The online journal of the TeX Users Group
ISSN 1556-6994

Archives of The PracTeX Journal

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Spring 2013

Editorial board

Lance Carnes, editor
Francisco "Rei" Reinaldo
Paul Blaga
Stefan Kottwitz

## Contents

### Customizing lists

Dear Nelly,

In my document I often use the main three list environments of LaTeX: enumerate, description and itemize. Unfortunately, I'm not always pleased with the results I get, especially the spacing. Is there a way to customize these lists?

Sincerely,

Alex

Dear Alex,

Actually, there is. LaTeX has a built-in system of parameters that can be adjusted by the user. Not all LaTeX books discuss these fine-tuning issues. A place where you can find a complete discussion is, of course, the LaTeX Companion.

I would recommend, however, another way. I think you should use the package enumitem, by Javier Bezos, available from CTAN. You simply have to load the package with a

 \usepackage{enumitem}


command. The parameters of the lists become optional parameters of the corresponding environment. See the package documentation for the list of parameters. For instance, if you want to adjust the separation of items and the left margin of an itemize list, you just begin the environment with a command of the form:

 \begin{itemize}[itemsep=0.5ex,leftmargin=1.2cm]


Best regards,

Paul (on behalf of Nelly)

The above question was answered by Paul Blaga, a member of the editorial board of this journal. He can be reached at pracjourn at tug dot org.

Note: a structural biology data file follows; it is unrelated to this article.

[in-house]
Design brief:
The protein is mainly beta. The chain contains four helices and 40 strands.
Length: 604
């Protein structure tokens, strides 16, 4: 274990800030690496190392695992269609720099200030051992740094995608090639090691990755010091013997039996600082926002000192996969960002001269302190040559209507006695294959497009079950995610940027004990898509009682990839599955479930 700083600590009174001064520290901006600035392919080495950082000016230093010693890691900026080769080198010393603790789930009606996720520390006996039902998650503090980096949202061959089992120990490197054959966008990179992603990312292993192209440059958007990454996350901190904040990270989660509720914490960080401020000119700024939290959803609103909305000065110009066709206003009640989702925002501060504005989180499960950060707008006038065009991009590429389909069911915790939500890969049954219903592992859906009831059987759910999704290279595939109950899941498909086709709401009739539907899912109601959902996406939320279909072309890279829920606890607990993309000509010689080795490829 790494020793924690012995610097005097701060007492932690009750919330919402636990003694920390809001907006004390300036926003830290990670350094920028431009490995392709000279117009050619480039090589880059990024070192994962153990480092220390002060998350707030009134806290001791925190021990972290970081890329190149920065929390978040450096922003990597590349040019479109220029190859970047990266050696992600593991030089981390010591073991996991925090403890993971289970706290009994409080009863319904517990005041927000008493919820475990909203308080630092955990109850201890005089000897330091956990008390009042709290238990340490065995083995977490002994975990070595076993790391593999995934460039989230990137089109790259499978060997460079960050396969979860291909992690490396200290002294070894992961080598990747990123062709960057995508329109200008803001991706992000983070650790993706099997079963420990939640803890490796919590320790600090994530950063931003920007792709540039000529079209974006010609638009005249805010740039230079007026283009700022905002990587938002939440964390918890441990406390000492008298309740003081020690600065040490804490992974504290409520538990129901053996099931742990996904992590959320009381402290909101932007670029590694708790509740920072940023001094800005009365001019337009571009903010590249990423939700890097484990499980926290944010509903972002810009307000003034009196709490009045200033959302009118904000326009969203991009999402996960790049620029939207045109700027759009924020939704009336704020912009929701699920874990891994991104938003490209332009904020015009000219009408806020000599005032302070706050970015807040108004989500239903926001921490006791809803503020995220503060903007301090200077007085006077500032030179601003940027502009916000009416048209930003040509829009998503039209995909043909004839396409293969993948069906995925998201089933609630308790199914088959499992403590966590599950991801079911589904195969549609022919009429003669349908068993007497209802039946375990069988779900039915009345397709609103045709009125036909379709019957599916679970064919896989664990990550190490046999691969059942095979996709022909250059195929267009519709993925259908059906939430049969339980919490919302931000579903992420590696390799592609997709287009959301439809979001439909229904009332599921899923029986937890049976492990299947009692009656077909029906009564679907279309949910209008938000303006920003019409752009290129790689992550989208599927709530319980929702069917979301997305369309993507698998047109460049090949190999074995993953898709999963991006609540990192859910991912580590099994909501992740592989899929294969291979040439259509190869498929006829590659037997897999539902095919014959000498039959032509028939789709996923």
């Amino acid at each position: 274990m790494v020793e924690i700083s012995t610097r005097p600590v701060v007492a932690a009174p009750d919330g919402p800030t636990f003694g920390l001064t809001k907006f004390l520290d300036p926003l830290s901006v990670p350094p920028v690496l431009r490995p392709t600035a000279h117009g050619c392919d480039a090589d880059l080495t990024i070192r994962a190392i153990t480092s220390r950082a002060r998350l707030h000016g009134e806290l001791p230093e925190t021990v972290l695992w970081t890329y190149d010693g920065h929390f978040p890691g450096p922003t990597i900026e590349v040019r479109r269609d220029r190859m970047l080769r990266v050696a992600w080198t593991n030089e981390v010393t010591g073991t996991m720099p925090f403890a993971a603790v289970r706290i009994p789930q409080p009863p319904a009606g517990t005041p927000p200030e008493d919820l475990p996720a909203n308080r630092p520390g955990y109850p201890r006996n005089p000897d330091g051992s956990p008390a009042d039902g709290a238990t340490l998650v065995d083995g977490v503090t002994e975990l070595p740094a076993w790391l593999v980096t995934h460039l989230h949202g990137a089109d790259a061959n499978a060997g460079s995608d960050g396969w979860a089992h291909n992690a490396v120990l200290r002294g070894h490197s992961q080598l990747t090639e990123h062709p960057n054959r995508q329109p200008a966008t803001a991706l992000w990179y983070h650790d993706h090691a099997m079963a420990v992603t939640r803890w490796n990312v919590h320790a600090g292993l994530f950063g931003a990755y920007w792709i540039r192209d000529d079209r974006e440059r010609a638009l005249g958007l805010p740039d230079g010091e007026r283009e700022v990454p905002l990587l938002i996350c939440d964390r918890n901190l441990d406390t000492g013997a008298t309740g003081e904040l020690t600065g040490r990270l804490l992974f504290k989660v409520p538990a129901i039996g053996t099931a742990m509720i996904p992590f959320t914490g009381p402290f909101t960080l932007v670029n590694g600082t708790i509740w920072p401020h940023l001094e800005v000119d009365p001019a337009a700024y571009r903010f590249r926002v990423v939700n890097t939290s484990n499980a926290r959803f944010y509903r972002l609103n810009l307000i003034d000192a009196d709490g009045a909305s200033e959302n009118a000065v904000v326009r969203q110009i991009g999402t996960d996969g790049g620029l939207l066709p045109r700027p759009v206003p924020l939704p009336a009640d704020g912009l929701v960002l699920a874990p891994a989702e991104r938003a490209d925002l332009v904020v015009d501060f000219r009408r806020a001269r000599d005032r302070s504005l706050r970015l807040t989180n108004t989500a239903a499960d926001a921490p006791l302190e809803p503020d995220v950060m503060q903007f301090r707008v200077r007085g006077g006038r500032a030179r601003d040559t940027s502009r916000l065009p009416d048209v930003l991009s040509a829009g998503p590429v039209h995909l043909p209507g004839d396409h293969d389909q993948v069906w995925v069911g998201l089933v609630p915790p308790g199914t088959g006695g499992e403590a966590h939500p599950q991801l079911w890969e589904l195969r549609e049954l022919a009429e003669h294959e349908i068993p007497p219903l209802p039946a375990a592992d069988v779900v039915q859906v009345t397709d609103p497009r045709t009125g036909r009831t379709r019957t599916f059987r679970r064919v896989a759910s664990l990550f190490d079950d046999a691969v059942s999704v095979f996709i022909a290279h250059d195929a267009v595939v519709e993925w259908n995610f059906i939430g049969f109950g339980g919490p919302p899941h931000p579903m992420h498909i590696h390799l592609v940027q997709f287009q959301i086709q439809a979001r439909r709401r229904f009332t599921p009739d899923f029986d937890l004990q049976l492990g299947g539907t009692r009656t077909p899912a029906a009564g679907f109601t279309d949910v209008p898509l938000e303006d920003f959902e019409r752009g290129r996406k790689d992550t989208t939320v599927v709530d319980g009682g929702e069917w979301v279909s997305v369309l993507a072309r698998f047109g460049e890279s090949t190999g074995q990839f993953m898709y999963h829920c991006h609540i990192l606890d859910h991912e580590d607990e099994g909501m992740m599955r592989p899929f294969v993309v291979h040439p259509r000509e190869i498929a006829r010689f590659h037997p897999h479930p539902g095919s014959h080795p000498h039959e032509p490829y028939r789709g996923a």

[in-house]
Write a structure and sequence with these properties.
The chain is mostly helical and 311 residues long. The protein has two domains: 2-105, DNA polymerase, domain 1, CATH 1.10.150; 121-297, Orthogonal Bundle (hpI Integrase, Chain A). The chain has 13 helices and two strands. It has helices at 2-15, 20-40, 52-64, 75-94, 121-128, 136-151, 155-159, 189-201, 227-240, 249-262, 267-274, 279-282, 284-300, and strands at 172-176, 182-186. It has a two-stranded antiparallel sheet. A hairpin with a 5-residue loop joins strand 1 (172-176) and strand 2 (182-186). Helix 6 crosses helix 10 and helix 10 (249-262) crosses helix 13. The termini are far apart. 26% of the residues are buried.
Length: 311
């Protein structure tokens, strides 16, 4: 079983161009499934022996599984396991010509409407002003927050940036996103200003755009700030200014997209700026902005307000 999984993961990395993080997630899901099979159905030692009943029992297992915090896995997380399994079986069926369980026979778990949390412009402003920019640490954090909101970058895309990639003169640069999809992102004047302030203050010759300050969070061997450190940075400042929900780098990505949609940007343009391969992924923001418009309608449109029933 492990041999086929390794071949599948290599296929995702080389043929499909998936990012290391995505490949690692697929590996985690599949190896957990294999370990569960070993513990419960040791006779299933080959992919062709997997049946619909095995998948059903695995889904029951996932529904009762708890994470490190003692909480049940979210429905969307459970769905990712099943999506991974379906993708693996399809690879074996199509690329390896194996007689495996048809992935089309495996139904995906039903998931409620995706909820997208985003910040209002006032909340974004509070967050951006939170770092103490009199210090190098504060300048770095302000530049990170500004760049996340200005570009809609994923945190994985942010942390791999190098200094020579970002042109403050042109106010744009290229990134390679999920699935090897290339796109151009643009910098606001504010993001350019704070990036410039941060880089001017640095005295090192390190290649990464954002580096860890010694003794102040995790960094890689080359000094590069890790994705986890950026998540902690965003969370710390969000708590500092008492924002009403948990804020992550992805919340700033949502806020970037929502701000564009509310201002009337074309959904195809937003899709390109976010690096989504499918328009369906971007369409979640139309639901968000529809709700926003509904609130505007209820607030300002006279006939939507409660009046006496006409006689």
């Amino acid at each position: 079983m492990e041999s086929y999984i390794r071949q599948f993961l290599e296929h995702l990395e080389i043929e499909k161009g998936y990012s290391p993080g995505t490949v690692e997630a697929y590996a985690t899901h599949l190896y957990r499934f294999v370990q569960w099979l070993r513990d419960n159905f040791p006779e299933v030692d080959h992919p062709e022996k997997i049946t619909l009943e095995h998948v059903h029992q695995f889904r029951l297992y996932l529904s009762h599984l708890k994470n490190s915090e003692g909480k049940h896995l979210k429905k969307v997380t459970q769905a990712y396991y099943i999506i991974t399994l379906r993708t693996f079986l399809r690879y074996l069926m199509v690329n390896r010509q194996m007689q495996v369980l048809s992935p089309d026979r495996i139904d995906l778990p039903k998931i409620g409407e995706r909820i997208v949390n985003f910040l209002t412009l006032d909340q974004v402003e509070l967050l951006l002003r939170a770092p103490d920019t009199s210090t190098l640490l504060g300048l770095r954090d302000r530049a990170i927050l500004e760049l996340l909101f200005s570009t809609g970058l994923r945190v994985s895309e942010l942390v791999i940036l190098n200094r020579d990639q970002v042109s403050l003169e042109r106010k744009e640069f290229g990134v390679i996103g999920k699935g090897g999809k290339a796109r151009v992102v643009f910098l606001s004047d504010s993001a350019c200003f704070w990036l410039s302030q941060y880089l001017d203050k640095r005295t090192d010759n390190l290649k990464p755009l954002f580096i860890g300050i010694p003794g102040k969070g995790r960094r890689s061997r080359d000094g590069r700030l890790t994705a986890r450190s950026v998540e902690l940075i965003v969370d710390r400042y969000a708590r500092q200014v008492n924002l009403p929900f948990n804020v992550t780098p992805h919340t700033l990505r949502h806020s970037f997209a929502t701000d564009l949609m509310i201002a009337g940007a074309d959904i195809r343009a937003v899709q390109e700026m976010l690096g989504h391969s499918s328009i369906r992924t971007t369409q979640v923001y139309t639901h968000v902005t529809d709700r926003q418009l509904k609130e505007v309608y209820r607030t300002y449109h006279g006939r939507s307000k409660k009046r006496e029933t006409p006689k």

### Producing logos

Dear Nelly,

I've seen documents and books with logos for different "components" of LaTeX, for example Metafont, BibTeX, AMS-LaTeX. How are they produced?


Sincerely,

John

Dear John,

It depends. Some of them are built-in. For instance, we use

  \LaTeX


for producing the LaTeX logo or

  \AmS-\LaTeX


to produce the AMS-Latex logo. For other logos, however, you have to load various packages. A package that contains many logos is texlogos, by Jacek Ruzyczka, available from CTAN. It has no documentation, so you will have to look into the style file to figure out what's in it. It includes redefinition of some of the logos of the LaTeX world, but also, for instance, logos for some international currencies. Other sources of useful logos are the files ltugboat.cls and ltugcomm.sty, also available from CTAN. These two files also include a logo for XeTeX, which is not present in texlogos.

Best regards,

Paul (on behalf of Nelly)

The above question was answered by Paul Blaga, a member of the editorial board of this journal. He can be reached at pracjourn at tug dot org.